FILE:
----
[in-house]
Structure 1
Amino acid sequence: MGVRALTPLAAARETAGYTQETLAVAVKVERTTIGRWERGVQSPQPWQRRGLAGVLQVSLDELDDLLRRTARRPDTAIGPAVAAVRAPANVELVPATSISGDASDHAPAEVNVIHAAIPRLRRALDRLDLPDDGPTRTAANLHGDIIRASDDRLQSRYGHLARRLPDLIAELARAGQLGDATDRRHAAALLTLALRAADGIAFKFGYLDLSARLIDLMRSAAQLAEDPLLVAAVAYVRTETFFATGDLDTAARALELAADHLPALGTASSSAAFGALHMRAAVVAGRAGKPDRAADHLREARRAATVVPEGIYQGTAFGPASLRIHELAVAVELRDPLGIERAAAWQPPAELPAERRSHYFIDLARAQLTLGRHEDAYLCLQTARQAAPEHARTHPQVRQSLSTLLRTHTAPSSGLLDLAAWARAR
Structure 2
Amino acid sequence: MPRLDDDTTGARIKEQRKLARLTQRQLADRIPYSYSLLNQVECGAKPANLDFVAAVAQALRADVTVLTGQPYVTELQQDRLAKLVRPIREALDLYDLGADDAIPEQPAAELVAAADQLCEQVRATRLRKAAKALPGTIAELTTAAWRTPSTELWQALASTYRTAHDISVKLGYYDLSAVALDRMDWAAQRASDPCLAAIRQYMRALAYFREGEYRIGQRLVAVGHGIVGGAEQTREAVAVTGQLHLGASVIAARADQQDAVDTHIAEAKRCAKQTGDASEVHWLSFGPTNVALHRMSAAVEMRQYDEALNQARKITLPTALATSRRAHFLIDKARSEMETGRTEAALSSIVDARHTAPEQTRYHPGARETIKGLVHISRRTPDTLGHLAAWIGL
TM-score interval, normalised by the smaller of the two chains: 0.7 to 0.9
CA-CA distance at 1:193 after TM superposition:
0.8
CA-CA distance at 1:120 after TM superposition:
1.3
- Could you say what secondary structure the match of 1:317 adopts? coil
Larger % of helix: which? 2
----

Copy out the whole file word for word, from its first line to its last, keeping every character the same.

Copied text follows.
[in-house]
Structure 1
Amino acid sequence: MGVRALTPLAAARETAGYTQETLAVAVKVERTTIGRWERGVQSPQPWQRRGLAGVLQVSLDELDDLLRRTARRPDTAIGPAVAAVRAPANVELVPATSISGDASDHAPAEVNVIHAAIPRLRRALDRLDLPDDGPTRTAANLHGDIIRASDDRLQSRYGHLARRLPDLIAELARAGQLGDATDRRHAAALLTLALRAADGIAFKFGYLDLSARLIDLMRSAAQLAEDPLLVAAVAYVRTETFFATGDLDTAARALELAADHLPALGTASSSAAFGALHMRAAVVAGRAGKPDRAADHLREARRAATVVPEGIYQGTAFGPASLRIHELAVAVELRDPLGIERAAAWQPPAELPAERRSHYFIDLARAQLTLGRHEDAYLCLQTARQAAPEHARTHPQVRQSLSTLLRTHTAPSSGLLDLAAWARAR
Structure 2
Amino acid sequence: MPRLDDDTTGARIKEQRKLARLTQRQLADRIPYSYSLLNQVECGAKPANLDFVAAVAQALRADVTVLTGQPYVTELQQDRLAKLVRPIREALDLYDLGADDAIPEQPAAELVAAADQLCEQVRATRLRKAAKALPGTIAELTTAAWRTPSTELWQALASTYRTAHDISVKLGYYDLSAVALDRMDWAAQRASDPCLAAIRQYMRALAYFREGEYRIGQRLVAVGHGIVGGAEQTREAVAVTGQLHLGASVIAARADQQDAVDTHIAEAKRCAKQTGDASEVHWLSFGPTNVALHRMSAAVEMRQYDEALNQARKITLPTALATSRRAHFLIDKARSEMETGRTEAALSSIVDARHTAPEQTRYHPGARETIKGLVHISRRTPDTLGHLAAWIGL
TM-score interval, normalised by the smaller of the two chains: 0.7 to 0.9
CA-CA distance at 1:193 after TM superposition:
0.8
CA-CA distance at 1:120 after TM superposition:
1.3
- Could you say what secondary structure the match of 1:317 adopts? coil
Larger % of helix: which? 2